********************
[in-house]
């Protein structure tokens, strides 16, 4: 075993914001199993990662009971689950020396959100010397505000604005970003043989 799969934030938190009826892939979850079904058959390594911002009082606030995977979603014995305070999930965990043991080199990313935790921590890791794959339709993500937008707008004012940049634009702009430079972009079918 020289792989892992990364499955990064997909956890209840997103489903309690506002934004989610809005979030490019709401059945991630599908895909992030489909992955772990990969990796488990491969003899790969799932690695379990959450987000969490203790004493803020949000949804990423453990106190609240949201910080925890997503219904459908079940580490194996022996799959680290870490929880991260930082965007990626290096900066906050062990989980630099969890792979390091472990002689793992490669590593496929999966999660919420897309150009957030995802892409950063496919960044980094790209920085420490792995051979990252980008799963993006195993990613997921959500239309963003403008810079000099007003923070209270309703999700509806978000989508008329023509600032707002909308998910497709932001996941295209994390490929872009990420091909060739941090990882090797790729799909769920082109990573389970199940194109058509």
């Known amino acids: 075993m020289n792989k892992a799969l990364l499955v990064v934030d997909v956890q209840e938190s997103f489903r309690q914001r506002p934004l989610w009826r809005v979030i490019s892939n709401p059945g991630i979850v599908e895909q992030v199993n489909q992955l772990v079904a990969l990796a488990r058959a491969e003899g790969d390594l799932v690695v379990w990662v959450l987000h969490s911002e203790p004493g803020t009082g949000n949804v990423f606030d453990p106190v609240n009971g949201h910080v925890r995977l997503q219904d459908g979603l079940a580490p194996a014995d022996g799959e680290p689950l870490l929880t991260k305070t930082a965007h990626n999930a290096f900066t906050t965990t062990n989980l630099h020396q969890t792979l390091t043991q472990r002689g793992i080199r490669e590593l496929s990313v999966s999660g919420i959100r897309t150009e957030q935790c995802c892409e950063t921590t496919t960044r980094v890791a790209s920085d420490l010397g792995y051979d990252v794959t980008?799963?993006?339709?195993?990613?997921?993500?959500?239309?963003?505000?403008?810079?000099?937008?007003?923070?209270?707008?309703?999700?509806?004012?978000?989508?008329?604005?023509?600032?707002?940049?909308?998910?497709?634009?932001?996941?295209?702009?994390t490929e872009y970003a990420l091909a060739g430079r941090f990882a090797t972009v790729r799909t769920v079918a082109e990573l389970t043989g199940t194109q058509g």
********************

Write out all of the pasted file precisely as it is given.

[in-house]
């Protein structure tokens, strides 16, 4: 075993914001199993990662009971689950020396959100010397505000604005970003043989 799969934030938190009826892939979850079904058959390594911002009082606030995977979603014995305070999930965990043991080199990313935790921590890791794959339709993500937008707008004012940049634009702009430079972009079918 020289792989892992990364499955990064997909956890209840997103489903309690506002934004989610809005979030490019709401059945991630599908895909992030489909992955772990990969990796488990491969003899790969799932690695379990959450987000969490203790004493803020949000949804990423453990106190609240949201910080925890997503219904459908079940580490194996022996799959680290870490929880991260930082965007990626290096900066906050062990989980630099969890792979390091472990002689793992490669590593496929999966999660919420897309150009957030995802892409950063496919960044980094790209920085420490792995051979990252980008799963993006195993990613997921959500239309963003403008810079000099007003923070209270309703999700509806978000989508008329023509600032707002909308998910497709932001996941295209994390490929872009990420091909060739941090990882090797790729799909769920082109990573389970199940194109058509």
């Known amino acids: 075993m020289n792989k892992a799969l990364l499955v990064v934030d997909v956890q209840e938190s997103f489903r309690q914001r506002p934004l989610w009826r809005v979030i490019s892939n709401p059945g991630i979850v599908e895909q992030v199993n489909q992955l772990v079904a990969l990796a488990r058959a491969e003899g790969d390594l799932v690695v379990w990662v959450l987000h969490s911002e203790p004493g803020t009082g949000n949804v990423f606030d453990p106190v609240n009971g949201h910080v925890r995977l997503q219904d459908g979603l079940a580490p194996a014995d022996g799959e680290p689950l870490l929880t991260k305070t930082a965007h990626n999930a290096f900066t906050t965990t062990n989980l630099h020396q969890t792979l390091t043991q472990r002689g793992i080199r490669e590593l496929s990313v999966s999660g919420i959100r897309t150009e957030q935790c995802c892409e950063t921590t496919t960044r980094v890791a790209s920085d420490l010397g792995y051979d990252v794959t980008?799963?993006?339709?195993?990613?997921?993500?959500?239309?963003?505000?403008?810079?000099?937008?007003?923070?209270?707008?309703?999700?509806?004012?978000?989508?008329?604005?023509?600032?707002?940049?909308?998910?497709?634009?932001?996941?295209?702009?994390t490929e872009y970003a990420l091909a060739g430079r941090f990882a090797t972009v790729r799909t769920v079918a082109e990573l389970t043989g199940t194109q058509g």